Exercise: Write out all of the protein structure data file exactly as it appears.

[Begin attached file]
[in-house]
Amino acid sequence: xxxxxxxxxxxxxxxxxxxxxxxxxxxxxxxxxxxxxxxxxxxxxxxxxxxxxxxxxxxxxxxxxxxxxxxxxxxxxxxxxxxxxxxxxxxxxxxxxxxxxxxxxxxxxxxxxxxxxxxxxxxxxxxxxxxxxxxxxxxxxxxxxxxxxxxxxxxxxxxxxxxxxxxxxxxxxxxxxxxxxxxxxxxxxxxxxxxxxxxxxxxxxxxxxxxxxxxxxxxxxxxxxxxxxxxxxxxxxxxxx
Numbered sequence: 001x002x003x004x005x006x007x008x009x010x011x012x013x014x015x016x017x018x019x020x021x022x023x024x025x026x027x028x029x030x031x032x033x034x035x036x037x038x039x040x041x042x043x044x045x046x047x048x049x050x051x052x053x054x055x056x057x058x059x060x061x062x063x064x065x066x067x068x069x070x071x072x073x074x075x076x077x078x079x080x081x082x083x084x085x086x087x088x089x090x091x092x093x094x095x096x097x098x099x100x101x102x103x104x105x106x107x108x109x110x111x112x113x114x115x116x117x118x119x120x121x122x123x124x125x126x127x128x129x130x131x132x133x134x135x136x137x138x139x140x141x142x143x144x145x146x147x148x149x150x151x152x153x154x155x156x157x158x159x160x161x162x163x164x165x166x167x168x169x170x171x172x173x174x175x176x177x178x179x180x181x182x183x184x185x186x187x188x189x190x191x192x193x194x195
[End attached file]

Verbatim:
[in-house]
Amino acid sequence: xxxxxxxxxxxxxxxxxxxxxxxxxxxxxxxxxxxxxxxxxxxxxxxxxxxxxxxxxxxxxxxxxxxxxxxxxxxxxxxxxxxxxxxxxxxxxxxxxxxxxxxxxxxxxxxxxxxxxxxxxxxxxxxxxxxxxxxxxxxxxxxxxxxxxxxxxxxxxxxxxxxxxxxxxxxxxxxxxxxxxxxxxxxxxxxxxxxxxxxxxxxxxxxxxxxxxxxxxxxxxxxxxxxxxxxxxxxxxxxxx
Numbered sequence: 001x002x003x004x005x006x007x008x009x010x011x012x013x014x015x016x017x018x019x020x021x022x023x024x025x026x027x028x029x030x031x032x033x034x035x036x037x038x039x040x041x042x043x044x045x046x047x048x049x050x051x052x053x054x055x056x057x058x059x060x061x062x063x064x065x066x067x068x069x070x071x072x073x074x075x076x077x078x079x080x081x082x083x084x085x086x087x088x089x090x091x092x093x094x095x096x097x098x099x100x101x102x103x104x105x106x107x108x109x110x111x112x113x114x115x116x117x118x119x120x121x122x123x124x125x126x127x128x129x130x131x132x133x134x135x136x137x138x139x140x141x142x143x144x145x146x147x148x149x150x151x152x153x154x155x156x157x158x159x160x161x162x163x164x165x166x167x168x169x170x171x172x173x174x175x176x177x178x179x180x181x182x183x184x185x186x187x188x189x190x191x192x193x194x195